Why patients are wary of the primary care medical home

Say the words, “Patient-centered medical home,” and you’re bound to get a variety of opinions.

On this blog alone, there are a variety of guest pieces critical of the effort, saying it does not increase patient satisfaction, nor does it save money.

And that’s not good news for its advocates, who are pinning primary care’s last hopes on the model.

Medical homes hit the mainstream media recently, with Pauline Chen focusing one of her recent, weekly New York Times columns to the issue.  She discussed the results of a demonstration project, showing some positive results:

… the researchers found that the vast majority of doctors’ offices could successfully incorporate most of the changes into their practice, and early signs of the model’s success were promising. Quality of care and preventive health ratings revealed small improvements. Office staff became more streamlined, efficient and satisfied. Most notably, physicians were more content than ever before with their work, despite still having to deal with an unchanged fee-for-service or managed care reimbursement system. The doctors’ enthusiasm persisted even after the study closed, with many maintaining contact with one another through a listserv and twice-yearly self-organized meetings.

But patients themselves were not completely satisfied, and that mirrors some of the comments here on the blog.  The biggest complaint I’ve heard was that patients were not treated by a single provider, but instead by a team.  That may improve access and chronic disease management, but bucks the traditional model where a single physician was paired with a patient.

Indeed, as Dr. Chen notes,

… many patients reported feeling disoriented. Some felt displaced as they saw the old one-to-one doctor-patient interactions replaced with one-to-three or one-to-four relationships involving not only the doctor but also a whole host of other providers. As offices switched from paper-based to electronic medical records, other patients reacted to the distracted clinicians who seemed more focused on learning the new computer system than on listening to them. Satisfaction fell because, like my friend, few patients were cognizant of, much less involved in, the changes going on around them.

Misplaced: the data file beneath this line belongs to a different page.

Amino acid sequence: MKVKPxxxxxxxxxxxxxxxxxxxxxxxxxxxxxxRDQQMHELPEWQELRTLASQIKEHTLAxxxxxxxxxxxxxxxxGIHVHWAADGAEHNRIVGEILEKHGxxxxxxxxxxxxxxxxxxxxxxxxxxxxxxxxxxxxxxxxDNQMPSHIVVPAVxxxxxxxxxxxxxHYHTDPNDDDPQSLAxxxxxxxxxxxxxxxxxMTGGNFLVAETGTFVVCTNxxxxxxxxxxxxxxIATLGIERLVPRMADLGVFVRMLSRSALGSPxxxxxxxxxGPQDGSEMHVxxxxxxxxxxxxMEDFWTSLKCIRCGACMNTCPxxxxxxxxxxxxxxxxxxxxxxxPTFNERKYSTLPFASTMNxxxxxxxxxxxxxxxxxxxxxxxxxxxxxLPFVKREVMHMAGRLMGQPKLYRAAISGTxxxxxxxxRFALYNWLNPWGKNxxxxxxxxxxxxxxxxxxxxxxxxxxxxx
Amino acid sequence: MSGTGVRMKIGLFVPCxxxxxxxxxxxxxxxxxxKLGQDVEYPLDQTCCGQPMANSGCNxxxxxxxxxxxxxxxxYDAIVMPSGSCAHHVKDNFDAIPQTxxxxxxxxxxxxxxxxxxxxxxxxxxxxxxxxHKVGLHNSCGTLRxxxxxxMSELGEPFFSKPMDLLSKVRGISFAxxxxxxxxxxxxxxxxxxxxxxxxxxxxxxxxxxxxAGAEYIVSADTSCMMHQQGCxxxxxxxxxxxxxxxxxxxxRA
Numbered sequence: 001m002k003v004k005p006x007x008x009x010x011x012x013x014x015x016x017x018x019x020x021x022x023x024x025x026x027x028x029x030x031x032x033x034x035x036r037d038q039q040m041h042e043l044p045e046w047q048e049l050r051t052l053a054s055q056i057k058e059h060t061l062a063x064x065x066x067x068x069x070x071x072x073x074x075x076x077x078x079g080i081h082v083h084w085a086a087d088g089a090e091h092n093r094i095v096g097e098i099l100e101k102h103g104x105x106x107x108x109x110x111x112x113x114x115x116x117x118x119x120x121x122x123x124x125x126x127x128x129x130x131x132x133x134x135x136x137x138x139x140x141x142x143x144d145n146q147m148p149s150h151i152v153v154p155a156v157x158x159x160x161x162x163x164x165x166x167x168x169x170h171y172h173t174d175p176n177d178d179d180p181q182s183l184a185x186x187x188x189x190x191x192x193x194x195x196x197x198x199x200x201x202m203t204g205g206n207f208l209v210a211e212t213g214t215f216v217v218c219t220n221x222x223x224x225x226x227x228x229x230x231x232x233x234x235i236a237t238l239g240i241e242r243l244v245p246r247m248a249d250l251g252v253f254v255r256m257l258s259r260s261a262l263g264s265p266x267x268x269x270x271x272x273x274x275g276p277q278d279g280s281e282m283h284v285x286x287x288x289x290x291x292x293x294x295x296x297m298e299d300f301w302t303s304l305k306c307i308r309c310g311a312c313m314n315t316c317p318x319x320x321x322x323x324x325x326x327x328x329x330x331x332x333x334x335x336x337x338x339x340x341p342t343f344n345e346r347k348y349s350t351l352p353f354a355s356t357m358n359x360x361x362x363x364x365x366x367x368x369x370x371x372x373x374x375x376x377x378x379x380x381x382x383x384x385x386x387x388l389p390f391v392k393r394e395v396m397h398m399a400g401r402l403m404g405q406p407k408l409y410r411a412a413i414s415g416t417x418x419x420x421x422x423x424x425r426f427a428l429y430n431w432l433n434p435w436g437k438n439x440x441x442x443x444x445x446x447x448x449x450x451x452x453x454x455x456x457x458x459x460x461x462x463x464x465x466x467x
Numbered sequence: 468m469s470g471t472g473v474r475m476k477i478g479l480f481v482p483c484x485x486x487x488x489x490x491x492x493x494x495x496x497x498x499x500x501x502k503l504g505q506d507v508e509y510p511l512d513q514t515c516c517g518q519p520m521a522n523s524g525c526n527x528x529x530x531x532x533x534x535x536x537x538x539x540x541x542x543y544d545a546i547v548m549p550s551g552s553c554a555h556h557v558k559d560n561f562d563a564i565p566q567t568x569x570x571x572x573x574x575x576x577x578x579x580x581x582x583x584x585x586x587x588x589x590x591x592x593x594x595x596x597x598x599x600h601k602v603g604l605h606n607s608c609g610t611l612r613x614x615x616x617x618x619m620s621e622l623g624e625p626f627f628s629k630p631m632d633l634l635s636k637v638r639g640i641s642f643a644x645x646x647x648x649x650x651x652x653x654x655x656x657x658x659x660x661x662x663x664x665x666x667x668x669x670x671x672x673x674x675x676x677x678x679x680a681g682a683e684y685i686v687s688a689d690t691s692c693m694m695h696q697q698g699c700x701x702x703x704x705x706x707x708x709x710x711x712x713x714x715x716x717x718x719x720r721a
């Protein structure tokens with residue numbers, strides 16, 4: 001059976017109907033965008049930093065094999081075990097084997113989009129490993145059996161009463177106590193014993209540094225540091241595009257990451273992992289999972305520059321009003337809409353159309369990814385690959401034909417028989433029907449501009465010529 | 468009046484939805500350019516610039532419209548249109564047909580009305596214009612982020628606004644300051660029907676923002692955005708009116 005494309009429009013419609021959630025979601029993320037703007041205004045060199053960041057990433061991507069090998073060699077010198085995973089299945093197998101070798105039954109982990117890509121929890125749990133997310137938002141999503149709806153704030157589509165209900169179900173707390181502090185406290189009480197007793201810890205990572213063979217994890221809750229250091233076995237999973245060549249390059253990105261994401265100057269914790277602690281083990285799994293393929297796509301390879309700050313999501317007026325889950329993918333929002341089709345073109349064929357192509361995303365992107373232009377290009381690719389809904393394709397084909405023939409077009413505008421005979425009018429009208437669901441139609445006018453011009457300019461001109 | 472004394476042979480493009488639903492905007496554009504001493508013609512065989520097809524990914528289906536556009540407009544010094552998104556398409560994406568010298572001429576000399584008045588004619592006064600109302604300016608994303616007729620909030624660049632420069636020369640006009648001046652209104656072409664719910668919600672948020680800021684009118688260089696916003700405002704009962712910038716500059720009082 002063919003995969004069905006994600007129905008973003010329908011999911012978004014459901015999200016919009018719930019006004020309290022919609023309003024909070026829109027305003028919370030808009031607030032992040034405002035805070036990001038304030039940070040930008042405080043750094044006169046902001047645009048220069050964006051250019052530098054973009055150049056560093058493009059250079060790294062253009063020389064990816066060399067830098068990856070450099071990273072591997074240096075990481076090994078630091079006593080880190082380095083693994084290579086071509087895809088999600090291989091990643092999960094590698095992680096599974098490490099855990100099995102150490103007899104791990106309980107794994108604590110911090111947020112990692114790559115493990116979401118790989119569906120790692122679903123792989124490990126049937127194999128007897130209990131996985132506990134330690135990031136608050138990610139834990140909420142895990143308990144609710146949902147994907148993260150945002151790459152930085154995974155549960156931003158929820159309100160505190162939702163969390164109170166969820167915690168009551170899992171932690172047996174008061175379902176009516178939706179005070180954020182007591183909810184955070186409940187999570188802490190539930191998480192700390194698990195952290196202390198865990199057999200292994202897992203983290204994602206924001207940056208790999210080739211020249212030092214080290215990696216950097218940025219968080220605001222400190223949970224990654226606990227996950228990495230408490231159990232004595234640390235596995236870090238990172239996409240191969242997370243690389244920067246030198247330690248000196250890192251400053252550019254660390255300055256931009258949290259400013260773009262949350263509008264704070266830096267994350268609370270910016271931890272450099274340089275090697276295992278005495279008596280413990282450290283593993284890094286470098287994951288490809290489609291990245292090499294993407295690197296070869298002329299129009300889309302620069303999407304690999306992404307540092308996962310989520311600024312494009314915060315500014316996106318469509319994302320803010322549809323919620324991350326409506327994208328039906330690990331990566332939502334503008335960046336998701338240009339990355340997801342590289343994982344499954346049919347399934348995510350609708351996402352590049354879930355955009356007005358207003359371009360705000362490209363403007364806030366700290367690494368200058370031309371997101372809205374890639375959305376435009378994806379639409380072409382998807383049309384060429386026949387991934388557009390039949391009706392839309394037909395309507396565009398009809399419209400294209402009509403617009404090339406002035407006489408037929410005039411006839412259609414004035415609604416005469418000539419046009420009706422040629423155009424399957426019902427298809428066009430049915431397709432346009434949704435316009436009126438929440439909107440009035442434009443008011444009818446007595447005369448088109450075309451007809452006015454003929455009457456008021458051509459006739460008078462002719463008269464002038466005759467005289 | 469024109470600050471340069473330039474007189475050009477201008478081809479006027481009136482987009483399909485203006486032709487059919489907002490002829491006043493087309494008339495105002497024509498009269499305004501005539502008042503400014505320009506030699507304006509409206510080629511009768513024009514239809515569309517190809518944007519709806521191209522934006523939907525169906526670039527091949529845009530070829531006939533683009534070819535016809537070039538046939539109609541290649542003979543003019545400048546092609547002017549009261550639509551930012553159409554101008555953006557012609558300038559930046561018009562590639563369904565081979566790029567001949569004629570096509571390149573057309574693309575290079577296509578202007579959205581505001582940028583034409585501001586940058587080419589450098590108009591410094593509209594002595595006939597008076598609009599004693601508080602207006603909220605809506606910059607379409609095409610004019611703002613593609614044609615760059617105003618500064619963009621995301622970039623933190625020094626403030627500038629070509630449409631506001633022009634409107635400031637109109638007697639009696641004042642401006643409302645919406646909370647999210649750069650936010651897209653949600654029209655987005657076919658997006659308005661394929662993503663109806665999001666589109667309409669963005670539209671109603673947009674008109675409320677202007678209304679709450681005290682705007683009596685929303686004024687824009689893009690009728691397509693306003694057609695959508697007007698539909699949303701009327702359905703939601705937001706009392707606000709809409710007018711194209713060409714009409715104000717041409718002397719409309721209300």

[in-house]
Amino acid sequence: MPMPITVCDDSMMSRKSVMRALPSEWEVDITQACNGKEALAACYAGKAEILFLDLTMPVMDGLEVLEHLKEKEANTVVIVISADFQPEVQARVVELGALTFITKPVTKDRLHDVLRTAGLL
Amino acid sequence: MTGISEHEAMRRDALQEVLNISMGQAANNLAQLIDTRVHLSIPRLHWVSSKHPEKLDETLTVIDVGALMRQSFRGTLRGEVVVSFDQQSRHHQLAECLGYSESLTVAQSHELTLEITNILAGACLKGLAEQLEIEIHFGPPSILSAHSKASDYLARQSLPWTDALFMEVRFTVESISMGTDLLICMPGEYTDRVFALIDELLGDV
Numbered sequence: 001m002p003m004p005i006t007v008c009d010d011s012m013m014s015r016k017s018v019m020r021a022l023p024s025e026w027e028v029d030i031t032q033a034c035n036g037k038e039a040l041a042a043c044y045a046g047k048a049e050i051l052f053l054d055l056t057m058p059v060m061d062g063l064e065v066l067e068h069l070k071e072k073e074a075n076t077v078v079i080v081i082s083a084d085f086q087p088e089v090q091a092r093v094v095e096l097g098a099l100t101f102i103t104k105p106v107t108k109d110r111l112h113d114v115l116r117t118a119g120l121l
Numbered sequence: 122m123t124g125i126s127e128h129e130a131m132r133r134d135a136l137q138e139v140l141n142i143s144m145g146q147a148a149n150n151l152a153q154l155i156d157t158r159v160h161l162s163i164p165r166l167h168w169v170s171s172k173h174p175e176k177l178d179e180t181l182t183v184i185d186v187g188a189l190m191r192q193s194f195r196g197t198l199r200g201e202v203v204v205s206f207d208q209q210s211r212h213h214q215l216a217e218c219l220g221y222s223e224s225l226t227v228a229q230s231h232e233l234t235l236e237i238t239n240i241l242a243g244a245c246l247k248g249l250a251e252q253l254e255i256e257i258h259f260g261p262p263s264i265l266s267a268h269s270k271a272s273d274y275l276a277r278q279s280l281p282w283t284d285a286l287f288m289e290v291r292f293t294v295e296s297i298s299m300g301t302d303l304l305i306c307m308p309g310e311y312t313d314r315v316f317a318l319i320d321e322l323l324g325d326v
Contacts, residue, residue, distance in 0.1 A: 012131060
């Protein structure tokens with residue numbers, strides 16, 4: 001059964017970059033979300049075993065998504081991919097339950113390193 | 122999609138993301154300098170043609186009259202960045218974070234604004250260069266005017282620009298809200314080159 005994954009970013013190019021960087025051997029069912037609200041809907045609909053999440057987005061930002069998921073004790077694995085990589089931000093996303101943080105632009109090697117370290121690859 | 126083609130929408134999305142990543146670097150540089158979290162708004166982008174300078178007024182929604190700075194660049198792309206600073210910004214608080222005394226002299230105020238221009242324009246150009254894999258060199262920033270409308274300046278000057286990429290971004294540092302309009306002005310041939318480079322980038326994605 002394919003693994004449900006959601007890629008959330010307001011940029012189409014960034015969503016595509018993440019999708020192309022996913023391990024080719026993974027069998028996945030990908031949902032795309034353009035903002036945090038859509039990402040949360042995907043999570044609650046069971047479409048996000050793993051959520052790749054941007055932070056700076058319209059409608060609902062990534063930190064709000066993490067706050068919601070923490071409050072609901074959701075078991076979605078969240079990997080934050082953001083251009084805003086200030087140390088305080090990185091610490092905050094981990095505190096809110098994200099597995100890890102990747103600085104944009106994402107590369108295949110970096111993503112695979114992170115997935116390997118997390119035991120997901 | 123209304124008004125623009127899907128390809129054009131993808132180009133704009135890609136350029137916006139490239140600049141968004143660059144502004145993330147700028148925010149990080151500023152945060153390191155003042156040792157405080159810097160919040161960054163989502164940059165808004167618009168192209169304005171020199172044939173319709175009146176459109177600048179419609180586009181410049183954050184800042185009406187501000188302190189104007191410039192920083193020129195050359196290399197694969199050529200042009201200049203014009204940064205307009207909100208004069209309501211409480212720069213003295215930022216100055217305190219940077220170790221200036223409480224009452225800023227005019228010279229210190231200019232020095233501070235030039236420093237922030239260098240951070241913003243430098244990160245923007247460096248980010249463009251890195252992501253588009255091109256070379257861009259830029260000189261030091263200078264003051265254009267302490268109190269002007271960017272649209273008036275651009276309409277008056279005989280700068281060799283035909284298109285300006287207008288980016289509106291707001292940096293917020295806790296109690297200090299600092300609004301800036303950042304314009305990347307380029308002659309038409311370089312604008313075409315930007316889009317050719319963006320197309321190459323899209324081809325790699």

Transforming a practice into a medical home is a huge undertaking, with fundamental changes in how patients are seen.  Doctors in these practices are going to have their hands full, both making the transition, and, in some cases, adopting new electronic medical records as well.

Patients need to be informed every step of the way, so they can better understand how the medical home can potentially improve their care.  Absent that, and it’s no wonder why they’re going to react negatively to such drastic change.

 is an internal medicine physician and on the Board of Contributors at USA Today.  He is founder and editor of KevinMD.com, also on FacebookTwitterGoogle+, and LinkedIn.

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